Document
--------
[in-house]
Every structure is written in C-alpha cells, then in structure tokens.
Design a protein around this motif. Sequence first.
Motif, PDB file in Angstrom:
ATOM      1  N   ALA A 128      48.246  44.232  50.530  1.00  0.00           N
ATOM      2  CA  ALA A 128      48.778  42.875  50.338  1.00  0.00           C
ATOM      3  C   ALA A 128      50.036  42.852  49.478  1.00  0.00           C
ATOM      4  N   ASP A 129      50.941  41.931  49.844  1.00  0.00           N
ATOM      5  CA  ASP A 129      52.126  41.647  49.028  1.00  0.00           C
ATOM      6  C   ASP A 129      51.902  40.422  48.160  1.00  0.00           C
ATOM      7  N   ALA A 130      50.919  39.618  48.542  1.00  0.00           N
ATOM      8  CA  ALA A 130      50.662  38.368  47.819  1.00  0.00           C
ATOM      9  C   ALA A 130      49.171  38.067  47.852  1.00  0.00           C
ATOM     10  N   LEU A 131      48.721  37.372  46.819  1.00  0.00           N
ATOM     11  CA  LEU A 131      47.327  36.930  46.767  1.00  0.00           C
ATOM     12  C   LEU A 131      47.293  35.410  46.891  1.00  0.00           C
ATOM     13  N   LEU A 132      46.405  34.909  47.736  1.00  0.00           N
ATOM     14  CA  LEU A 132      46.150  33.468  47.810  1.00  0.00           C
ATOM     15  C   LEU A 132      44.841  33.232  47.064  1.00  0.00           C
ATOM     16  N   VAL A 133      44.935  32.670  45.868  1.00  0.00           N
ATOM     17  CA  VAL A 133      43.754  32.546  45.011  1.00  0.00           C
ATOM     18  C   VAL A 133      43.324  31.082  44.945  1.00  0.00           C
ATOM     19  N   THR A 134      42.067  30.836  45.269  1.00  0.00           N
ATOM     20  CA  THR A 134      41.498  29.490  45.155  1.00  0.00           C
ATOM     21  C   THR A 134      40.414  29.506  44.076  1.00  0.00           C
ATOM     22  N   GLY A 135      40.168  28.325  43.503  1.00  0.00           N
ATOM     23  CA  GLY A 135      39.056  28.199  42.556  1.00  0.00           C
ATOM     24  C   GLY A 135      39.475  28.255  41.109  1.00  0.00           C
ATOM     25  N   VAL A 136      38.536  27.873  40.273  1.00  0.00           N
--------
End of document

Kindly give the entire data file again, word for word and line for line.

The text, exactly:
[in-house]
Every structure is written in C-alpha cells, then in structure tokens.
Design a protein around this motif. Sequence first.
Motif, PDB file in Angstrom:
ATOM      1  N   ALA A 128      48.246  44.232  50.530  1.00  0.00           N
ATOM      2  CA  ALA A 128      48.778  42.875  50.338  1.00  0.00           C
ATOM      3  C   ALA A 128      50.036  42.852  49.478  1.00  0.00           C
ATOM      4  N   ASP A 129      50.941  41.931  49.844  1.00  0.00           N
ATOM      5  CA  ASP A 129      52.126  41.647  49.028  1.00  0.00           C
ATOM      6  C   ASP A 129      51.902  40.422  48.160  1.00  0.00           C
ATOM      7  N   ALA A 130      50.919  39.618  48.542  1.00  0.00           N
ATOM      8  CA  ALA A 130      50.662  38.368  47.819  1.00  0.00           C
ATOM      9  C   ALA A 130      49.171  38.067  47.852  1.00  0.00           C
ATOM     10  N   LEU A 131      48.721  37.372  46.819  1.00  0.00           N
ATOM     11  CA  LEU A 131      47.327  36.930  46.767  1.00  0.00           C
ATOM     12  C   LEU A 131      47.293  35.410  46.891  1.00  0.00           C
ATOM     13  N   LEU A 132      46.405  34.909  47.736  1.00  0.00           N
ATOM     14  CA  LEU A 132      46.150  33.468  47.810  1.00  0.00           C
ATOM     15  C   LEU A 132      44.841  33.232  47.064  1.00  0.00           C
ATOM     16  N   VAL A 133      44.935  32.670  45.868  1.00  0.00           N
ATOM     17  CA  VAL A 133      43.754  32.546  45.011  1.00  0.00           C
ATOM     18  C   VAL A 133      43.324  31.082  44.945  1.00  0.00           C
ATOM     19  N   THR A 134      42.067  30.836  45.269  1.00  0.00           N
ATOM     20  CA  THR A 134      41.498  29.490  45.155  1.00  0.00           C
ATOM     21  C   THR A 134      40.414  29.506  44.076  1.00  0.00           C
ATOM     22  N   GLY A 135      40.168  28.325  43.503  1.00  0.00           N
ATOM     23  CA  GLY A 135      39.056  28.199  42.556  1.00  0.00           C
ATOM     24  C   GLY A 135      39.475  28.255  41.109  1.00  0.00           C
ATOM     25  N   VAL A 136      38.536  27.873  40.273  1.00  0.00           N